How do you transform a tough cut of meat into something tender and delicious? You braise it!

Braising is a wonderful and basic cooking technique that uses a slow, wet heat in a covered pot. It’s great for cuts such as chuck, flank, brisket, rump and round. In fact, cooked properly, these cuts can be more delicious than more tender cuts. I’m using boneless short ribs in this recipe, but the method can be used to wonderful effect on any other tough cut of meat.

Assuming you have the time, try to prepare this dish a day ahead, then allow it to cool off and chill overnight. It also freezes beautifully. Not only will the ribs taste better the next day, but by then the fat will have solidified at the top of the pan, allowing you to scoop it off with ease. Then you can warm up the contents and proceed with the recipe.

BEER BRAISED BEEF SHORT RIBS

If you use bone-in short ribs, check the meat after 3 hours of braising. They likely will need an extra hour of braising.

Makes 8 servings

2 tablespoons extra-virgin olive oil, divided

5 pounds boneless beef short ribs

Kosher salt and ground black pepper

2 cups thinly sliced yellow onions

2 medium carrots, coarsely chopped

11/2 tablespoons minced garlic

2 tablespoons tomato paste

1 sprig fresh thyme (or 1 teaspoon dried thyme)

1 bay leaf

Two 12-ounce bottles beer

4 cups low-sodium chicken broth

1/4 cup plus 1 tablespoon all-purpose flour

11/2 tablespoons Dijon mustard

1/2 cup water

2 teaspoons lemon juice

Heat the oven to 325 F.

In a large Dutch oven over medium-high, heat 1 tablespoon of the oil. Use paper towels to pat the ribs dry, then season them on all sides with salt and pepper. Reduce the heat to medium, add a quarter of the ribs to the pot and brown on all sides, about 10 minutes. Transfer them to a large platter or bowl. Repeat with the remaining oil and short ribs, transferring them to the platter or bowl when finished.

Return the pot to the heat and add the onions and the carrots. Cook, stirring occasionally, until golden brown, 10 to 15 minutes.

Add the garlic and cook for 1 minute. Add the tomato paste, thyme and bay leaf, then saute for 2 minutes. Transfer the vegetable mixture to the bowl with the ribs. Return the pot to the heat and add the beer. Bring to a boil and simmer until the beer is reduced by about three-quarters.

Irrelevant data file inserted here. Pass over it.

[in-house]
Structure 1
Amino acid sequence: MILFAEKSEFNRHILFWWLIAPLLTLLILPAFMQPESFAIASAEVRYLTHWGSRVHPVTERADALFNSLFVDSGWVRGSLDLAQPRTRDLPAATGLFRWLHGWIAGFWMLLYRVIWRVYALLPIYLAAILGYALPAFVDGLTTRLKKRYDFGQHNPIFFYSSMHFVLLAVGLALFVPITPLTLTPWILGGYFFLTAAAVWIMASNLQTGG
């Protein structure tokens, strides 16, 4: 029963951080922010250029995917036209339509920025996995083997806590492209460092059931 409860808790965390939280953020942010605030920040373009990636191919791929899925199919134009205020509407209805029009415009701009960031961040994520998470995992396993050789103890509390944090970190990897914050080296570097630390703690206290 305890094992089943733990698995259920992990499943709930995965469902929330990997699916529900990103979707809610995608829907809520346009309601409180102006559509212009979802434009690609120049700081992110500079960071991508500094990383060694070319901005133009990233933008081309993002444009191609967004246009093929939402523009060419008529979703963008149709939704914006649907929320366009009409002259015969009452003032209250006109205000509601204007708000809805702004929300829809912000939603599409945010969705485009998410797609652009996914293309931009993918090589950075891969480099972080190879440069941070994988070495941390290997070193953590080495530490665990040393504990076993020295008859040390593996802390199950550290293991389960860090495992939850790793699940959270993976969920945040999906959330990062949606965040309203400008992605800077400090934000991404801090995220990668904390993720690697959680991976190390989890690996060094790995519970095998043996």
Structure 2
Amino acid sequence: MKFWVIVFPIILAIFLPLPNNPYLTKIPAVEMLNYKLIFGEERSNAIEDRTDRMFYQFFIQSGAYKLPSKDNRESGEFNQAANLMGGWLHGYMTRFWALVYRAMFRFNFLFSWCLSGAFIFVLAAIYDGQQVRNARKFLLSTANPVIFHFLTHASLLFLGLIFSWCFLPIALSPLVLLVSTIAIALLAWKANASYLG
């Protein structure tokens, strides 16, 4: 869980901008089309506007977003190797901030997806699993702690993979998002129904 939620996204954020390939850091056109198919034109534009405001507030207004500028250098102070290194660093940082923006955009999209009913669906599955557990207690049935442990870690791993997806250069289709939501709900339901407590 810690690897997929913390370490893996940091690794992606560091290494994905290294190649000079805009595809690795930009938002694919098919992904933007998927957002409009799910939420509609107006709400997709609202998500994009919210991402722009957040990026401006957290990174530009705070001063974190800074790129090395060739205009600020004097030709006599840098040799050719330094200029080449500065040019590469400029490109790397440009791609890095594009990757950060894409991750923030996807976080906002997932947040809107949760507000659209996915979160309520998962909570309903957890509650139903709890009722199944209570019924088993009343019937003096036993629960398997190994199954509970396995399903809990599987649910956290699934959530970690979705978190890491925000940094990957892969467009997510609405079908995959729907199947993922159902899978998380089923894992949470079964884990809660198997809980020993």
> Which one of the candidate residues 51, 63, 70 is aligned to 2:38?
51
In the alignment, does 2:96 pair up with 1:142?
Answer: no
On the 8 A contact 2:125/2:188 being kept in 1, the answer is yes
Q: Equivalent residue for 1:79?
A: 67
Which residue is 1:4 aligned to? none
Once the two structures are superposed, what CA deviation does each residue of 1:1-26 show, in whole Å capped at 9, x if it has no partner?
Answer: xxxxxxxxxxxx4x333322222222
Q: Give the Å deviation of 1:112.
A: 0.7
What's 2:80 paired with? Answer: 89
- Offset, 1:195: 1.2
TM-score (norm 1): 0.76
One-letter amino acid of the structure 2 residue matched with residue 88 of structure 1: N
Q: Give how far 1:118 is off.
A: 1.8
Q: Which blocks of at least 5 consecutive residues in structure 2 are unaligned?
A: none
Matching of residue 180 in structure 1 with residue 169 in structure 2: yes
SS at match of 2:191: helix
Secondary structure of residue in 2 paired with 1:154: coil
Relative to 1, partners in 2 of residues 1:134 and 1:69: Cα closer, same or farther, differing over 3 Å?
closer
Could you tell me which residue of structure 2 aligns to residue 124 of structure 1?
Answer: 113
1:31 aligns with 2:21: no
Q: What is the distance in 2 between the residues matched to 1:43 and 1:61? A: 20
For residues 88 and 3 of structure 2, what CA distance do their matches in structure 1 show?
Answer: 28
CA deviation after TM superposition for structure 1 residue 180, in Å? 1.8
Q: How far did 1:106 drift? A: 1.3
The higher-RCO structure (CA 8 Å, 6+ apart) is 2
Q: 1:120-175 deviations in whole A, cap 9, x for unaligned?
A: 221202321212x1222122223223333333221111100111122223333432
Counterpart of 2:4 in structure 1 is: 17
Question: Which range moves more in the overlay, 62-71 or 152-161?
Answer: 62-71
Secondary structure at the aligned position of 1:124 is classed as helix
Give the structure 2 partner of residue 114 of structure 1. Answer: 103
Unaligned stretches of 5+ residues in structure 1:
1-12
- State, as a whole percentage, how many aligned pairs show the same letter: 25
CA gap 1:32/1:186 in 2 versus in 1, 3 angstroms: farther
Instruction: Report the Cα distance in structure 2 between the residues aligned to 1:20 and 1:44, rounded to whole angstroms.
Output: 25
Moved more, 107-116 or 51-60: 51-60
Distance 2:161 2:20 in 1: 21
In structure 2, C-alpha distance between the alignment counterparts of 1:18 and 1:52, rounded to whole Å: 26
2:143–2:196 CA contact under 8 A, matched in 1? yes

When the beer is reduced, add the chicken broth and bring to a boil. Return the meat and vegetables to the pot and cover with a piece of kitchen parchment. Put the lid on the pot and set in the oven on the lower shelf and cook until the meat is very tender, 4 to 5 hours.

Use tongs to transfer the ribs to a platter. Let them stand until cool enough to be handled.

Meanwhile, strain liquid in the pan into a bowl. Discard the solids and return the liquid to the pot. Let stand for several minutes, then skim off any fat that floats to the surface (or use a fat separator).

In a small bowl, whisk together the flour and water. Set the pot over medium-high heat and bring the cooking liquid to a boil. Add half of the flour mixture in a steady stream, whisking. Bring the sauce to a boil, check the consistency and if you would like it thicker, whisk in more of the flour-water mixture. Simmer for 8 minutes. Whisk in the mustard and lemon juice, then season with salt and pepper.

Add the meat to the pot along with any juices from the platter. Cook gently, just until heated through. To serve, arrange some rib meat on each plate and spoon some of the sauce over each portion.


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